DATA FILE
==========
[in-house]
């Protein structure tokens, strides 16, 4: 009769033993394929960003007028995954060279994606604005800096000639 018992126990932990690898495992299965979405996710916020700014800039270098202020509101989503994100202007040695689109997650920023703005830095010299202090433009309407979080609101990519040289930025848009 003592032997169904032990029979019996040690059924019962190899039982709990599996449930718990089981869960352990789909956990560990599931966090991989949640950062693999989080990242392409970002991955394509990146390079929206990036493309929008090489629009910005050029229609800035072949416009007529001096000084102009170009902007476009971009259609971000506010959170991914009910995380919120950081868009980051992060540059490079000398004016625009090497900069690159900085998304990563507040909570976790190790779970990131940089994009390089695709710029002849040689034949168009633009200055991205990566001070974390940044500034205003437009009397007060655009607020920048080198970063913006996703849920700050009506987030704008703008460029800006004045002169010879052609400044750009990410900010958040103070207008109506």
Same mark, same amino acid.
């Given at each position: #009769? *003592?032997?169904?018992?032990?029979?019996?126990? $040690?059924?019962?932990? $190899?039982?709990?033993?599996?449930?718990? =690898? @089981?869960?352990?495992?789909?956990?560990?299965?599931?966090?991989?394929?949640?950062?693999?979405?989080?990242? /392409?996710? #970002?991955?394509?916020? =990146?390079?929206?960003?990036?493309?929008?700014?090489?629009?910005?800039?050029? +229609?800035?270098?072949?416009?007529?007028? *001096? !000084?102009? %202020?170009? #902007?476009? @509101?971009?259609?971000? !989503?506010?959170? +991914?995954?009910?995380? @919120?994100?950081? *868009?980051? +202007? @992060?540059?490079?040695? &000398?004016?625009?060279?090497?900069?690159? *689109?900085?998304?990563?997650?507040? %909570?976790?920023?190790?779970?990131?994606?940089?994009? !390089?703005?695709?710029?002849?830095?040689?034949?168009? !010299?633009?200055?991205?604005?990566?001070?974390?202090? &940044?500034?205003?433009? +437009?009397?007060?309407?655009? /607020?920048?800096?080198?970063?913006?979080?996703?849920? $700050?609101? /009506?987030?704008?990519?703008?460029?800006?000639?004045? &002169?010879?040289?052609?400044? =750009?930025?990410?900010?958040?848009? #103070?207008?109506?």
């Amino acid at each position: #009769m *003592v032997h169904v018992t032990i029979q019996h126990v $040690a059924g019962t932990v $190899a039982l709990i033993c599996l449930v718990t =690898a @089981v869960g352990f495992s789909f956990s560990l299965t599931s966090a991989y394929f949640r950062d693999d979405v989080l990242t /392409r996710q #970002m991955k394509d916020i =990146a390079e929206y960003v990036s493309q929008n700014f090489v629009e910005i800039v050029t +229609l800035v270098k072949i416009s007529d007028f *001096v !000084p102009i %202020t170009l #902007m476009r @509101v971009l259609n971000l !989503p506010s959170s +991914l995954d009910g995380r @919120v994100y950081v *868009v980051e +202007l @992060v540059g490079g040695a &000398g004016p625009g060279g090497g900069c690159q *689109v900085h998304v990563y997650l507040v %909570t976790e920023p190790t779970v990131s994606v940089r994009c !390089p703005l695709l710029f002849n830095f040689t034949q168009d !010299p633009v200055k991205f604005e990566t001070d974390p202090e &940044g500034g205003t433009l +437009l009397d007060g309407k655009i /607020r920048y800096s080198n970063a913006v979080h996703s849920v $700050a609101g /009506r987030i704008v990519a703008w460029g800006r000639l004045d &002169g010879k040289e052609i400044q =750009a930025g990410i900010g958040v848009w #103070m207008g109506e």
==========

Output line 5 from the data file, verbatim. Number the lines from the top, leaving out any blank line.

């Amino acid at each position: #009769m *003592v032997h169904v018992t032990i029979q019996h126990v $040690a059924g019962t932990v $190899a039982l709990i033993c599996l449930v718990t =690898a @089981v869960g352990f495992s789909f956990s560990l299965t599931s966090a991989y394929f949640r950062d693999d979405v989080l990242t /392409r996710q #970002m991955k394509d916020i =990146a390079e929206y960003v990036s493309q929008n700014f090489v629009e910005i800039v050029t +229609l800035v270098k072949i416009s007529d007028f *001096v !000084p102009i %202020t170009l #902007m476009r @509101v971009l259609n971000l !989503p506010s959170s +991914l995954d009910g995380r @919120v994100y950081v *868009v980051e +202007l @992060v540059g490079g040695a &000398g004016p625009g060279g090497g900069c690159q *689109v900085h998304v990563y997650l507040v %909570t976790e920023p190790t779970v990131s994606v940089r994009c !390089p703005l695709l710029f002849n830095f040689t034949q168009d !010299p633009v200055k991205f604005e990566t001070d974390p202090e &940044g500034g205003t433009l +437009l009397d007060g309407k655009i /607020r920048y800096s080198n970063a913006v979080h996703s849920v $700050a609101g /009506r987030i704008v990519a703008w460029g800006r000639l004045d &002169g010879k040289e052609i400044q =750009a930025g990410i900010g958040v848009w #103070m207008g109506e």